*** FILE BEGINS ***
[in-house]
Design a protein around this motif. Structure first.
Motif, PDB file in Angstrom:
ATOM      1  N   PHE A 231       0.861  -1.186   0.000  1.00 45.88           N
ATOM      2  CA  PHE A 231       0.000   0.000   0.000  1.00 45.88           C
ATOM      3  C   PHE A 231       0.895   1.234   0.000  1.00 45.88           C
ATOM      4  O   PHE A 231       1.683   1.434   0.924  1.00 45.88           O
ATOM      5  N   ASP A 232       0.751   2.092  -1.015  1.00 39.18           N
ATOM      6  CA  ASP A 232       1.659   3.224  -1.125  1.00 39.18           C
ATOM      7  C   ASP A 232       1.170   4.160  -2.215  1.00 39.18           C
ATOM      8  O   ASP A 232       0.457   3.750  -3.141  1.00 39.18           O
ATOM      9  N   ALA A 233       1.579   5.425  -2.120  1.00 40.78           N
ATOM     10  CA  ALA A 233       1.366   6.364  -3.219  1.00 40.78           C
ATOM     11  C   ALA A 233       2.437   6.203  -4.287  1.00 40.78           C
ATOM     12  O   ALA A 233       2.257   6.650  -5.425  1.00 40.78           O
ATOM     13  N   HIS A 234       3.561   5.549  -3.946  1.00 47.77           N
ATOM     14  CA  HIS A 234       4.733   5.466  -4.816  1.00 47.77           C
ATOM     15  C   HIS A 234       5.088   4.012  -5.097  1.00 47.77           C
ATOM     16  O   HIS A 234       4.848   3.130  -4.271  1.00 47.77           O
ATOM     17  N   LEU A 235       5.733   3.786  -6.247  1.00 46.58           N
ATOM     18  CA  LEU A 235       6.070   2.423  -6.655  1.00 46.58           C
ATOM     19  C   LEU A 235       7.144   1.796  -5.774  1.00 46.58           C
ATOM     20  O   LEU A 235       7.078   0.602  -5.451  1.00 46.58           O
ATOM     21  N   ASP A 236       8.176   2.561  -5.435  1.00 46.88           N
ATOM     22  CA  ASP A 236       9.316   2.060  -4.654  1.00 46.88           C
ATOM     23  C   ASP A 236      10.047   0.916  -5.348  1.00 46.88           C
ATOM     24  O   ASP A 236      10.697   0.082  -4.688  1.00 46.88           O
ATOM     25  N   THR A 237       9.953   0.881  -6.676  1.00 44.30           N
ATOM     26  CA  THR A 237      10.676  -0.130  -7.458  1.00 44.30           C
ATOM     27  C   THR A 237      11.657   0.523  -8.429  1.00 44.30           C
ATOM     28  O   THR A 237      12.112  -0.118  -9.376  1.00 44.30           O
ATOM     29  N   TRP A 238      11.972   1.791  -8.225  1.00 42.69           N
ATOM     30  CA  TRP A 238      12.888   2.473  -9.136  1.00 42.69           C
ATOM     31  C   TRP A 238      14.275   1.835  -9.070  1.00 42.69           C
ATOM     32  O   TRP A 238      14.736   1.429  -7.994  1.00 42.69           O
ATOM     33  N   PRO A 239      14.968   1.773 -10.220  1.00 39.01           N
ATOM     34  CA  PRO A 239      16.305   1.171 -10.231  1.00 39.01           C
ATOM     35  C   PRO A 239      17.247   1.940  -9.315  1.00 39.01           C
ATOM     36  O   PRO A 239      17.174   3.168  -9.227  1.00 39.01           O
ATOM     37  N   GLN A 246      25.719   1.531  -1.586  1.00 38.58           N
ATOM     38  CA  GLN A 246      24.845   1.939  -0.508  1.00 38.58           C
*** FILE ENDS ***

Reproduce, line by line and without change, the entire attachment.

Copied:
[in-house]
Design a protein around this motif. Structure first.
Motif, PDB file in Angstrom:
ATOM      1  N   PHE A 231       0.861  -1.186   0.000  1.00 45.88           N
ATOM      2  CA  PHE A 231       0.000   0.000   0.000  1.00 45.88           C
ATOM      3  C   PHE A 231       0.895   1.234   0.000  1.00 45.88           C
ATOM      4  O   PHE A 231       1.683   1.434   0.924  1.00 45.88           O
ATOM      5  N   ASP A 232       0.751   2.092  -1.015  1.00 39.18           N
ATOM      6  CA  ASP A 232       1.659   3.224  -1.125  1.00 39.18           C
ATOM      7  C   ASP A 232       1.170   4.160  -2.215  1.00 39.18           C
ATOM      8  O   ASP A 232       0.457   3.750  -3.141  1.00 39.18           O
ATOM      9  N   ALA A 233       1.579   5.425  -2.120  1.00 40.78           N
ATOM     10  CA  ALA A 233       1.366   6.364  -3.219  1.00 40.78           C
ATOM     11  C   ALA A 233       2.437   6.203  -4.287  1.00 40.78           C
ATOM     12  O   ALA A 233       2.257   6.650  -5.425  1.00 40.78           O
ATOM     13  N   HIS A 234       3.561   5.549  -3.946  1.00 47.77           N
ATOM     14  CA  HIS A 234       4.733   5.466  -4.816  1.00 47.77           C
ATOM     15  C   HIS A 234       5.088   4.012  -5.097  1.00 47.77           C
ATOM     16  O   HIS A 234       4.848   3.130  -4.271  1.00 47.77           O
ATOM     17  N   LEU A 235       5.733   3.786  -6.247  1.00 46.58           N
ATOM     18  CA  LEU A 235       6.070   2.423  -6.655  1.00 46.58           C
ATOM     19  C   LEU A 235       7.144   1.796  -5.774  1.00 46.58           C
ATOM     20  O   LEU A 235       7.078   0.602  -5.451  1.00 46.58           O
ATOM     21  N   ASP A 236       8.176   2.561  -5.435  1.00 46.88           N
ATOM     22  CA  ASP A 236       9.316   2.060  -4.654  1.00 46.88           C
ATOM     23  C   ASP A 236      10.047   0.916  -5.348  1.00 46.88           C
ATOM     24  O   ASP A 236      10.697   0.082  -4.688  1.00 46.88           O
ATOM     25  N   THR A 237       9.953   0.881  -6.676  1.00 44.30           N
ATOM     26  CA  THR A 237      10.676  -0.130  -7.458  1.00 44.30           C
ATOM     27  C   THR A 237      11.657   0.523  -8.429  1.00 44.30           C
ATOM     28  O   THR A 237      12.112  -0.118  -9.376  1.00 44.30           O
ATOM     29  N   TRP A 238      11.972   1.791  -8.225  1.00 42.69           N
ATOM     30  CA  TRP A 238      12.888   2.473  -9.136  1.00 42.69           C
ATOM     31  C   TRP A 238      14.275   1.835  -9.070  1.00 42.69           C
ATOM     32  O   TRP A 238      14.736   1.429  -7.994  1.00 42.69           O
ATOM     33  N   PRO A 239      14.968   1.773 -10.220  1.00 39.01           N
ATOM     34  CA  PRO A 239      16.305   1.171 -10.231  1.00 39.01           C
ATOM     35  C   PRO A 239      17.247   1.940  -9.315  1.00 39.01           C
ATOM     36  O   PRO A 239      17.174   3.168  -9.227  1.00 39.01           O
ATOM     37  N   GLN A 246      25.719   1.531  -1.586  1.00 38.58           N
ATOM     38  CA  GLN A 246      24.845   1.939  -0.508  1.00 38.58           C